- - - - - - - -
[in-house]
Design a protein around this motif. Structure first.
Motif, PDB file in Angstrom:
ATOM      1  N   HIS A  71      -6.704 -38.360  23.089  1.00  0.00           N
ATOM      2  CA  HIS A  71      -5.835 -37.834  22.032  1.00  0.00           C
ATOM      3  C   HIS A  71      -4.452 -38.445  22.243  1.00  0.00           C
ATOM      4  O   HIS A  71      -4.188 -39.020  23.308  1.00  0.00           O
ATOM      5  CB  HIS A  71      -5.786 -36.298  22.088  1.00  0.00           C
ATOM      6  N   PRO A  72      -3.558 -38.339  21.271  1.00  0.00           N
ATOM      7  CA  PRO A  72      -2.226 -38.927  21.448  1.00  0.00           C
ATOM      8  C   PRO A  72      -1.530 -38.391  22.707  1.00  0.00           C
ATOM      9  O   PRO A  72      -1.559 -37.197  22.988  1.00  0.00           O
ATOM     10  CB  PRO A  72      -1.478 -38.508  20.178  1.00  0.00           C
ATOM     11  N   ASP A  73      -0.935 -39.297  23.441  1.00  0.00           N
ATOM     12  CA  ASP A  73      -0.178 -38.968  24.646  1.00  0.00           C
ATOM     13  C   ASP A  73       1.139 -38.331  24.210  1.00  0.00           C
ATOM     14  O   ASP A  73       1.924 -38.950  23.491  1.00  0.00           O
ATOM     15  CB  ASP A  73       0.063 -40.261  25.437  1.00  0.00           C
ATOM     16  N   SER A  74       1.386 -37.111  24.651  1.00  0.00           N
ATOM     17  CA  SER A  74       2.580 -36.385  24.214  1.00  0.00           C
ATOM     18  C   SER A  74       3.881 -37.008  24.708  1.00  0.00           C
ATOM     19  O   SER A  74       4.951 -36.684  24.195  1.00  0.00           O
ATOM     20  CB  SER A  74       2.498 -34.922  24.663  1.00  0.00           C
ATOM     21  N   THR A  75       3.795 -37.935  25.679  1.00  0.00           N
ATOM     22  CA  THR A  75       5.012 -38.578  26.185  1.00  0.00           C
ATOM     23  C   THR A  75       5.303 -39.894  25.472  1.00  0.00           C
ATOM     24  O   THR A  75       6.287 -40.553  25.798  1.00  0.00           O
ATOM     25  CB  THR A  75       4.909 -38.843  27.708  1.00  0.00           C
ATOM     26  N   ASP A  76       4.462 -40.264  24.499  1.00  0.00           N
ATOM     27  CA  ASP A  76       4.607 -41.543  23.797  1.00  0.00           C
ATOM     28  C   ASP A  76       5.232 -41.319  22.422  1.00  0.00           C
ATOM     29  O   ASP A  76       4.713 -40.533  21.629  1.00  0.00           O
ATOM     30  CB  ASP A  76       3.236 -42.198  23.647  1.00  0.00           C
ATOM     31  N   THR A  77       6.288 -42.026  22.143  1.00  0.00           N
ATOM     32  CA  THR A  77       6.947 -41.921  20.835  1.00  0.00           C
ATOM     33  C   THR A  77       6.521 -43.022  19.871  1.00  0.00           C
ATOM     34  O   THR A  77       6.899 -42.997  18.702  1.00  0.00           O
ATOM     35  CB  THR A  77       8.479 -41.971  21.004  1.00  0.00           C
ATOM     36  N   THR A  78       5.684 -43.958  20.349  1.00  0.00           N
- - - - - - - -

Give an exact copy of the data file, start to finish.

[in-house]
Design a protein around this motif. Structure first.
Motif, PDB file in Angstrom:
ATOM      1  N   HIS A  71      -6.704 -38.360  23.089  1.00  0.00           N
ATOM      2  CA  HIS A  71      -5.835 -37.834  22.032  1.00  0.00           C
ATOM      3  C   HIS A  71      -4.452 -38.445  22.243  1.00  0.00           C
ATOM      4  O   HIS A  71      -4.188 -39.020  23.308  1.00  0.00           O
ATOM      5  CB  HIS A  71      -5.786 -36.298  22.088  1.00  0.00           C
ATOM      6  N   PRO A  72      -3.558 -38.339  21.271  1.00  0.00           N
ATOM      7  CA  PRO A  72      -2.226 -38.927  21.448  1.00  0.00           C
ATOM      8  C   PRO A  72      -1.530 -38.391  22.707  1.00  0.00           C
ATOM      9  O   PRO A  72      -1.559 -37.197  22.988  1.00  0.00           O
ATOM     10  CB  PRO A  72      -1.478 -38.508  20.178  1.00  0.00           C
ATOM     11  N   ASP A  73      -0.935 -39.297  23.441  1.00  0.00           N
ATOM     12  CA  ASP A  73      -0.178 -38.968  24.646  1.00  0.00           C
ATOM     13  C   ASP A  73       1.139 -38.331  24.210  1.00  0.00           C
ATOM     14  O   ASP A  73       1.924 -38.950  23.491  1.00  0.00           O
ATOM     15  CB  ASP A  73       0.063 -40.261  25.437  1.00  0.00           C
ATOM     16  N   SER A  74       1.386 -37.111  24.651  1.00  0.00           N
ATOM     17  CA  SER A  74       2.580 -36.385  24.214  1.00  0.00           C
ATOM     18  C   SER A  74       3.881 -37.008  24.708  1.00  0.00           C
ATOM     19  O   SER A  74       4.951 -36.684  24.195  1.00  0.00           O
ATOM     20  CB  SER A  74       2.498 -34.922  24.663  1.00  0.00           C
ATOM     21  N   THR A  75       3.795 -37.935  25.679  1.00  0.00           N
ATOM     22  CA  THR A  75       5.012 -38.578  26.185  1.00  0.00           C
ATOM     23  C   THR A  75       5.303 -39.894  25.472  1.00  0.00           C
ATOM     24  O   THR A  75       6.287 -40.553  25.798  1.00  0.00           O
ATOM     25  CB  THR A  75       4.909 -38.843  27.708  1.00  0.00           C
ATOM     26  N   ASP A  76       4.462 -40.264  24.499  1.00  0.00           N
ATOM     27  CA  ASP A  76       4.607 -41.543  23.797  1.00  0.00           C
ATOM     28  C   ASP A  76       5.232 -41.319  22.422  1.00  0.00           C
ATOM     29  O   ASP A  76       4.713 -40.533  21.629  1.00  0.00           O
ATOM     30  CB  ASP A  76       3.236 -42.198  23.647  1.00  0.00           C
ATOM     31  N   THR A  77       6.288 -42.026  22.143  1.00  0.00           N
ATOM     32  CA  THR A  77       6.947 -41.921  20.835  1.00  0.00           C
ATOM     33  C   THR A  77       6.521 -43.022  19.871  1.00  0.00           C
ATOM     34  O   THR A  77       6.899 -42.997  18.702  1.00  0.00           O
ATOM     35  CB  THR A  77       8.479 -41.971  21.004  1.00  0.00           C
ATOM     36  N   THR A  78       5.684 -43.958  20.349  1.00  0.00           N